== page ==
What better place to share why we’ve been rethinking innovation than Amsterdam, the EU City of Innovation. The so-called circular city is a pioneer in reinventing the experience of city life. Having abandoned everything linear for the circle, they’re bringing to life a new worldview where everything is infinitely connected, sustainable and scalable.


With what thinking process was this new circular world imagined?… surely not a linear innovation process? …


We’ve all passed through those linear innovation stage gates… feeling each gate passed is progress, and yet reaching the end to feel our product or service solution still has inherent flaws, unanswered questions, or doesn’t land with end users in the way we expected? Did we just have the wrong idea or not make the right decisions along the way, OR is it the process that’s inherently flawed and needs reinvention. Should we be thinking in circles as well as living in them?

What we’ve learnt from our recent work with product and proposition innovation teams in large financial services brands – points at the urgent need to rethink how we innovate. The world outside has changed (it’s uncertain and it’s constantly changing) and those often slow, linear processes we’ve been using for years, just don’t work anymore.

We’ve identified 3 common symptoms applying pressure to traditional methods:

1. Scale and Pace Growing Pains. There’s an increased demand for brands to innovate and the opportunity landscapes are widening exponentially as traditional sector borders are being broken down and regulatory change forces transformative challenges to service capabilities and offering. So a key challenge is how to consider multiple, transformative opportunities effectively and at pace. Throwing more people at it just doesn’t work.

2. Seismic Organisational Change. This new opportunity landscape, is taking brands into risky waters. Incremental innovation is being displaced by strategic disruption, meaning the impact of a go/no go decision might have seismic impact on an organisations business and operating models. Usually risk adverse organisations are drawing breath on how to approach potentially transformative opportunities and their challengers are already entering the market.

3. Delivering right but not the right thing. Organisations innovation culture is often focused on delivering quickly and delivering well. Often those opportunities which seem more attractive are those that we know we can deliver rather than those which will have most impact on the business AND its customers. Understanding of impact and outcomes is still frustratingly poor beyond knowing that something has been delivered.

Despite these aches and pains, we’re seeing many clients openly adopt new ways of managing innovation and with our help, embracing a customer led, iterative approach to opportunity management.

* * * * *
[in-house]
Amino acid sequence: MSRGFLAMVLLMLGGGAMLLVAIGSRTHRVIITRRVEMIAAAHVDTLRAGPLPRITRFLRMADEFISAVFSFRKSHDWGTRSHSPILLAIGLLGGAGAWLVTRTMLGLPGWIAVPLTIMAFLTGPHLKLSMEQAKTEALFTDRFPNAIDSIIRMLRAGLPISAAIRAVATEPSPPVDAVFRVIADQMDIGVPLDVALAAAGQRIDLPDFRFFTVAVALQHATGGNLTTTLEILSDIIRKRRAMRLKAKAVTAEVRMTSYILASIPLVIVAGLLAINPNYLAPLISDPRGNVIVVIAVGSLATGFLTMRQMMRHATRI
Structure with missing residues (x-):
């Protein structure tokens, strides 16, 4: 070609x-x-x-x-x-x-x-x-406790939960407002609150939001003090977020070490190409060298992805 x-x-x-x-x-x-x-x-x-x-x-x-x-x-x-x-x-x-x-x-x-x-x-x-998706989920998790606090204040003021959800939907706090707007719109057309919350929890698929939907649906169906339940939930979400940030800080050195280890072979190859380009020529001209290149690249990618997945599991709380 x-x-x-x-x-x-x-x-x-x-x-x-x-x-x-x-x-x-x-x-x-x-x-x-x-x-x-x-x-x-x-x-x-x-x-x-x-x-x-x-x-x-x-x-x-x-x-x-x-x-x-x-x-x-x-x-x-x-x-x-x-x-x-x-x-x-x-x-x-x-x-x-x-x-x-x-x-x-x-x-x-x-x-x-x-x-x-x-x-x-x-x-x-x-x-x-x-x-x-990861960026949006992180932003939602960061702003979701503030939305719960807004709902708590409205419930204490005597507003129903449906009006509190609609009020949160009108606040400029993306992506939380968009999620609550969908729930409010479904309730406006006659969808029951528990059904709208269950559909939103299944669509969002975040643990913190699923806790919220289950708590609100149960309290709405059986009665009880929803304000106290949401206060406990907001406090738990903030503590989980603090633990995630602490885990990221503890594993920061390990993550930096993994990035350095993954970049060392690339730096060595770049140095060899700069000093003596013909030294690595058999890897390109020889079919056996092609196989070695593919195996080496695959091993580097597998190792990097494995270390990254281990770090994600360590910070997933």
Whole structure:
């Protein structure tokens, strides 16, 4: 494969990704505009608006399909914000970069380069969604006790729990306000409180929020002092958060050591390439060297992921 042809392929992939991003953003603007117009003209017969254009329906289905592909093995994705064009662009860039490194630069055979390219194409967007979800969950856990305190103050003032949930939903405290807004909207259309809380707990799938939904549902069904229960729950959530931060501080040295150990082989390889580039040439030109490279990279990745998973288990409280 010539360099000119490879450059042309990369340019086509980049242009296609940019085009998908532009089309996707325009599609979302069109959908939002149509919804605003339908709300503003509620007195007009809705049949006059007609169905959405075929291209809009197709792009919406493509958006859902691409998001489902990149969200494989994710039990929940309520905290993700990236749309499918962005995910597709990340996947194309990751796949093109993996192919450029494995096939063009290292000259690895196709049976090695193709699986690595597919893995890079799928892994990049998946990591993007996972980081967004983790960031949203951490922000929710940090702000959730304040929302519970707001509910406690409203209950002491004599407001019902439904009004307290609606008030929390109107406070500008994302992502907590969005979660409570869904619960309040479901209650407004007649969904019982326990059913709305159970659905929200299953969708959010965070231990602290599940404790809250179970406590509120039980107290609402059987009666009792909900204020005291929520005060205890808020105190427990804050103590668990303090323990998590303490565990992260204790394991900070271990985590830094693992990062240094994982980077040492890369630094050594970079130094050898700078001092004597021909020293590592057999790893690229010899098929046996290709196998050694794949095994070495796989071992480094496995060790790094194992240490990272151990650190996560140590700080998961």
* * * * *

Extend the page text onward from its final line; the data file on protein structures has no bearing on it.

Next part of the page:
The good news is there are 4 growing trends smoothing the path for more effective innovation:

1. Design thinking from start to finish

The fuzzy front end of innovation has traditionally been driven by commercial and product teams before handover to design teams for delivery. But design thinking is being put to use far earlier in the proposition development process, instituting a more holistic, iterative and multidisciplinary decision making process.

2. Customer led approach

Being customer led these days demands more than an input of customer insight, customers are being embedded in the proposition development process through co-design approaches and facilitation that lead to more fully formed propositions and better informed go to market strategies.

3. Opportunity Portfolio Management

More rigour is being applied in comparing the relative attractiveness of multiple opportunities in terms of potential impact on business and customer as well as viability and brand fit. The sheer scale and number of opportunities means more well thought through selection and abandonment criteria are required and a broader church of functional stakeholders are being involved in opportunity selection earlier in the innovation process.

4. Innovation Operating Model

Most significant is probably the emergence of more well defined swim lane approaches to managing innovation operations. Acknowledging the fact that very different thinking and decision-making approaches are required for different categories of opportunity, a one size process does not fit all and key to innovating effectively at pace is diversification of innovation operations.

If this has got you thinking, (in a non- linear way of course!) about how you might improve product and service proposition innovation in your organisation, please get in touch. We’d love to help or hear if our thoughts resonate with your experience on the ground.